As Orion knew personally.
When his father had announced, three years ago, that he had arranged Orion’s eventual marriage, Orion had not bothered to argue about it. There was no point fighting his father, especially not when the old king was deep in his cups, which was where he’d preferred to live. Orion had assumed that if he waited it out, his father would reverse himself. Possibly within the hour—another thing that happened with alarming regularity.
But instead, his father had died. In the squalid circumstances the country in the world had come to expect from him, naturally, with unfortunate women and mood-altering substances all around. Because why change in death what he had so exulted in during his life?
Aristotle Skyros had slithered out of his hellhole and into the palace almost before the king is dead, long live the king finished echoing through the halls. And he had made it known that as far as he was concerned, the betrothal the old king had made between the new king of Idylla and his daughter was set in stone.
“Surely I decide what is stone and what is nothing more than a bad dream we have now happily woken up from,” Orion had said.
With perhaps more menace than was wise.
Aristotle, an unpleasantly dissipated-looking man whose bald head gleamed with the same malevolence that was apparent in his gaze, had smiled. Oily and insincere.
“You can do anything you please, Your Majesty,” he had replied unctuously. He’d bowed his head as if in deference. “As will I, if necessary.”
Orion had been tempted to pretend he didn’t recognize the threat in the other man’s words. He had been king for a matter of hours at that point, and had been naïve enough to imagine there might be some kind of grace period. Some allowance while he found his feet—but no. Of course not.
But he had tamped down on his temper and had not, sadly, strangled the other man where he sat. “If you wish to threaten me, Skyros, I suggest you do it. I detest pretense.”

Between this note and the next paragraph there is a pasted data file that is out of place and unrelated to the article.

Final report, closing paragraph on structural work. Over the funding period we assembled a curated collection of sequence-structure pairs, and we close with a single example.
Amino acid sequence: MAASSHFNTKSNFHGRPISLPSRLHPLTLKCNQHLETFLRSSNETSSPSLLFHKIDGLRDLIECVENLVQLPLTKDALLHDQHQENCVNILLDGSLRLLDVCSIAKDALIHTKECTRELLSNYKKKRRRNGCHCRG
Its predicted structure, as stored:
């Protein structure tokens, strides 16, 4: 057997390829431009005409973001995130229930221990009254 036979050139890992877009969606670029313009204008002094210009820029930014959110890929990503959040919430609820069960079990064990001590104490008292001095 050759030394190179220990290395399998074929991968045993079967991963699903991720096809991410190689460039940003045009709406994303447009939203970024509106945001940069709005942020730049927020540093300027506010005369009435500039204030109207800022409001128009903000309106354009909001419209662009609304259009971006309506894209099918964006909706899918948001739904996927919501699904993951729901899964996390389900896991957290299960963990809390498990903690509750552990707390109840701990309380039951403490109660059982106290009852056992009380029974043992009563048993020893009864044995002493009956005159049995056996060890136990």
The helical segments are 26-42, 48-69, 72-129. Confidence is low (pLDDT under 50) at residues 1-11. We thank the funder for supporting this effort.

Aristotle had not bothered with another show of false obeisance. “You will marry my daughter, Majesty. Because if you do not, I will have no choice but to release a selection of photographs I have in my possession that were in a private collection for years. Photographs so shocking and potentially explosive that your father offered you as collateral to keep them hidden.”
Orion had scoffed at that. “My father would have cheerfully offered me as collateral in a game of checkers. And likely did.” He’d shaken his head. “What could possibly be worse than the things he already felt comfortable foisting upon the entire world?”
“I thought you might ask that,” the other man had said, with entirely too much satisfaction in his voice.
That had been Orion’s first inkling that this was all worse than he’d thought.
Aristotle pulled out a file and placed it on the table between them. A low coffee table where he could, with what seemed to Orion to be great relish, flip through the photographs he’d brought with him.
It took three pictures.
Orion sat back, feeling faintly sick.
And with those images in his head that he knew he would never be able wash clean.
The man across from him hadn’t laughed, though there was a look about him that suggested he would, later.
“Tempting, isn’t it, to imagine that with the old man dead and buried, all his scandalous acts are swept away. But I think you see, now, that there are some things that can never go away. And more important, that you too will find yourself tainted if they are exposed.” Aristotle had smiled again. “Your Majesty.”
For moment, Orion hadn’t been sure that he could speak. And he had been closer to indulging the tidal wave of fury inside him than he ever had been before.
It took everything he had not to launch himself at the other man. Everything he had and the sure knowledge that Aristotle would love it if he did.
But everything in him had rebelled. Giving into blackmail was never the right answer. He knew that. It had been impressed upon him from a young age that he must never allow another person to have that kind of hold over him, not when he would one day rule—except, what choice did he have?
Idylla could not stand another scandal.
And certainly not one that was, though it beggared belief, worse than all that had come before.